New York City Mayor Bill de Blasio will announce Wednesday that the city’s public schools will be required to offer classes in computer science to all students within the next 10 years, The New York Times reports.
The announcement will come as part of a greater speech on education policy, which focuses on sending resources to the schools and children most in need, according to The Wall Street Journal.
The city is willing to spend $81 million over the next 10 years in support of that goal, according to The Times, though it hopes to raise half of those funds from donors.
Many private schools already offer computer-science classes while public schools have difficulty obtaining qualified teachers to support similar programs.
De Blasio’s 10-year goal will require a lot of work. The city’s Department of Education estimates that fewer than 10 percent of its schools offer computer science and that only 1% of students end up actually receiving computer-science education.
On top of that, the city may have to train up to 5,000 teachers in a state that provides no computer-science teaching certification. The development of such a certification may end up a requirement for the program’s implementation.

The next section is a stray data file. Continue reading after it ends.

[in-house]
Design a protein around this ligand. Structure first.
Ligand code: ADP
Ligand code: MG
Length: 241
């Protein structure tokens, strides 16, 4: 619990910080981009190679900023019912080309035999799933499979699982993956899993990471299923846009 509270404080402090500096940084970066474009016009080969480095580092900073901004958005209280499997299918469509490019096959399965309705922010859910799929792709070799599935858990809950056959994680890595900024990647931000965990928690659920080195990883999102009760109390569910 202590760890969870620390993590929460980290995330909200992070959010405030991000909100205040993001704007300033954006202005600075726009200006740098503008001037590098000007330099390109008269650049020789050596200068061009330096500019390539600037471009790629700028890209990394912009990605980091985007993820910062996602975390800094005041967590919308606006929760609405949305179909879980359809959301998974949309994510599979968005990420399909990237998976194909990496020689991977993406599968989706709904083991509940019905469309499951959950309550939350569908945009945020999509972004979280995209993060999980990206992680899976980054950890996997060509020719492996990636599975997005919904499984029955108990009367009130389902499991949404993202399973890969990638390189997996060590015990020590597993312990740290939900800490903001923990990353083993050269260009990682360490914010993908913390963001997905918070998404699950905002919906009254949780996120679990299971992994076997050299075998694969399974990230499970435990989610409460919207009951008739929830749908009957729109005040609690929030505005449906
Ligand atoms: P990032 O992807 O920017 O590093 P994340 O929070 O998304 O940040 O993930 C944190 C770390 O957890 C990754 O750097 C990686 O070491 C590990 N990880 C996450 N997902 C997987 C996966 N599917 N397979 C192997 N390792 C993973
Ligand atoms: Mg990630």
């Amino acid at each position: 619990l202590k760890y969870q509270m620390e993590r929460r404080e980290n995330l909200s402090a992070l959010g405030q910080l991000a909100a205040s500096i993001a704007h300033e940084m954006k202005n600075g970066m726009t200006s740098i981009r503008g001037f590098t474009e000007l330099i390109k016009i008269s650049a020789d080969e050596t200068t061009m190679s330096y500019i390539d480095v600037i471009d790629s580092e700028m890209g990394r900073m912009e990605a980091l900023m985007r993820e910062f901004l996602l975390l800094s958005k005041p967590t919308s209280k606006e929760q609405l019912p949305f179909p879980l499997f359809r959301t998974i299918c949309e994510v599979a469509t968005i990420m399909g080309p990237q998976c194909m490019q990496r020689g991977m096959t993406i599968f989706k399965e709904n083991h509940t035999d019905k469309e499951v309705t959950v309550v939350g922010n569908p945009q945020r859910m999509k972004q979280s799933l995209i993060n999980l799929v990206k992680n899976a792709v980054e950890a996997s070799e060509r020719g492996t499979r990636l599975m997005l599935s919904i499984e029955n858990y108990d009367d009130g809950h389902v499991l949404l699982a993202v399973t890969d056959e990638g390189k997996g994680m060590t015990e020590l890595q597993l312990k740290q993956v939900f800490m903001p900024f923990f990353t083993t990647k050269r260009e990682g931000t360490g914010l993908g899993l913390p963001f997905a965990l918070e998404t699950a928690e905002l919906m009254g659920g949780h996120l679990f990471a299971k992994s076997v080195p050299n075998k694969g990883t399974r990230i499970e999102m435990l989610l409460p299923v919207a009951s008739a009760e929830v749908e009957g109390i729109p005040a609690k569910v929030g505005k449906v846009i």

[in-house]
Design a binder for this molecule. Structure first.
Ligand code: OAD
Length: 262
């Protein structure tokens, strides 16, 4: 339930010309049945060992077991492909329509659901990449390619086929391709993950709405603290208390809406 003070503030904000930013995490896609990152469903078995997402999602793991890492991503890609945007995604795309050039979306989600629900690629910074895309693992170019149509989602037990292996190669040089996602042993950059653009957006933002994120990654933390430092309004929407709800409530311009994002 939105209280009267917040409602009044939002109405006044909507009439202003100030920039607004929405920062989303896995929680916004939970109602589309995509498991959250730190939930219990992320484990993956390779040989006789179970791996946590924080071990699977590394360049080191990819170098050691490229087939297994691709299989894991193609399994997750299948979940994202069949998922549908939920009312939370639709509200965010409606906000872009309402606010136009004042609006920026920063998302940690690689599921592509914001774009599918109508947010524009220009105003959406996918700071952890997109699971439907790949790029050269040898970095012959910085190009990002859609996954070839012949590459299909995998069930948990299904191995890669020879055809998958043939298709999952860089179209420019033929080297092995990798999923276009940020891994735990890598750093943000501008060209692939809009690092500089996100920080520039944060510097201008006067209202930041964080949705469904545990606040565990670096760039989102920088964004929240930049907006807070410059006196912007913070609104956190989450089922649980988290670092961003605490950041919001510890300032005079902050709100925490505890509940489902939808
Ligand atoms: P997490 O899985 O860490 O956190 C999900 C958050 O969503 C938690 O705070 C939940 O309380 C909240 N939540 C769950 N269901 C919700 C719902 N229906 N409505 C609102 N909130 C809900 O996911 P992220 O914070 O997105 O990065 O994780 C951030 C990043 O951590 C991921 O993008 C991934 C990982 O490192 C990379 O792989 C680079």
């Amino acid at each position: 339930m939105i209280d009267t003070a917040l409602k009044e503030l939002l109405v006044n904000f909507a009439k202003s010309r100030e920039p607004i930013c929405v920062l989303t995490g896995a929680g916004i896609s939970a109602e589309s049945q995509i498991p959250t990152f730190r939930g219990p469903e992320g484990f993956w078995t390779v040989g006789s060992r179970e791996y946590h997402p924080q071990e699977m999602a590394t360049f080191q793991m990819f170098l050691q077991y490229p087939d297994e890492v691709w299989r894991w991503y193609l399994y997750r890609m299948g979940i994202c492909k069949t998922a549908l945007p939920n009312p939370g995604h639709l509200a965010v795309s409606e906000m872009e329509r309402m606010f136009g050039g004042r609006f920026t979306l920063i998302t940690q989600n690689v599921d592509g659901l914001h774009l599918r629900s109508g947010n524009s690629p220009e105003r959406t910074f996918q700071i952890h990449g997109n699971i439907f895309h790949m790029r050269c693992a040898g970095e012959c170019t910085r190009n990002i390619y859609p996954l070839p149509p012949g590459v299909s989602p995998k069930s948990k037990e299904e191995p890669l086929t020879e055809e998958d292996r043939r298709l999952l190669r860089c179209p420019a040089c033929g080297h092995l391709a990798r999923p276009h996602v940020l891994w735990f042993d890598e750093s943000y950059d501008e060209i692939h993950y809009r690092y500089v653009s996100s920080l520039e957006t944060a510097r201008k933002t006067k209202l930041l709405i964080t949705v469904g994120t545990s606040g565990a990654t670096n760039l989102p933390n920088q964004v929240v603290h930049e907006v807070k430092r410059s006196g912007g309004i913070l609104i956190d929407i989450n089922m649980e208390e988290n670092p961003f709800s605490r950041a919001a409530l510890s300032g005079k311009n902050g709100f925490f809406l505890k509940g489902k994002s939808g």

After his speech, de Blasio will be hosting a Google Hangout with 15 seventh- and eighth-grade computer-science students from MS 223 in the South Bronx, along with their computer-science teacher.
The need for programming and computer-science classes for New York City students is compounded by the growth of the city’s tech sector, which grew 57% between 2007 and 2014.
Students want the classes, too. National demand for the Advanced Placement test in computer science increased 25% last year from the year before, with nearly 50,000 students taking the test.
Increasing access to computer-science education across schools of all income levels may help to address the demographic homogeneity in the US tech industry. Google’s demographic report revealed a company that is 70 percent male and 61% white.
The same gender divide was reflected in the demographics of New York City’s AP computer-science test this past year. The test-takers were 71% male.
Nationally in 2013, females made up 18.6% of the test-takers, black students made up 3.7%, and Hispanic students made up 8.1%, according to statistics provided by the Georgia Tech College of Computing.
In the same year, Montana, Mississippi, and Wyoming had no females take the test – the latter two had one and zero tests administered, respectively. Eleven states had no black students take the test, and eight states had no Hispanic students take the test.
Here’s the announcement for the speech: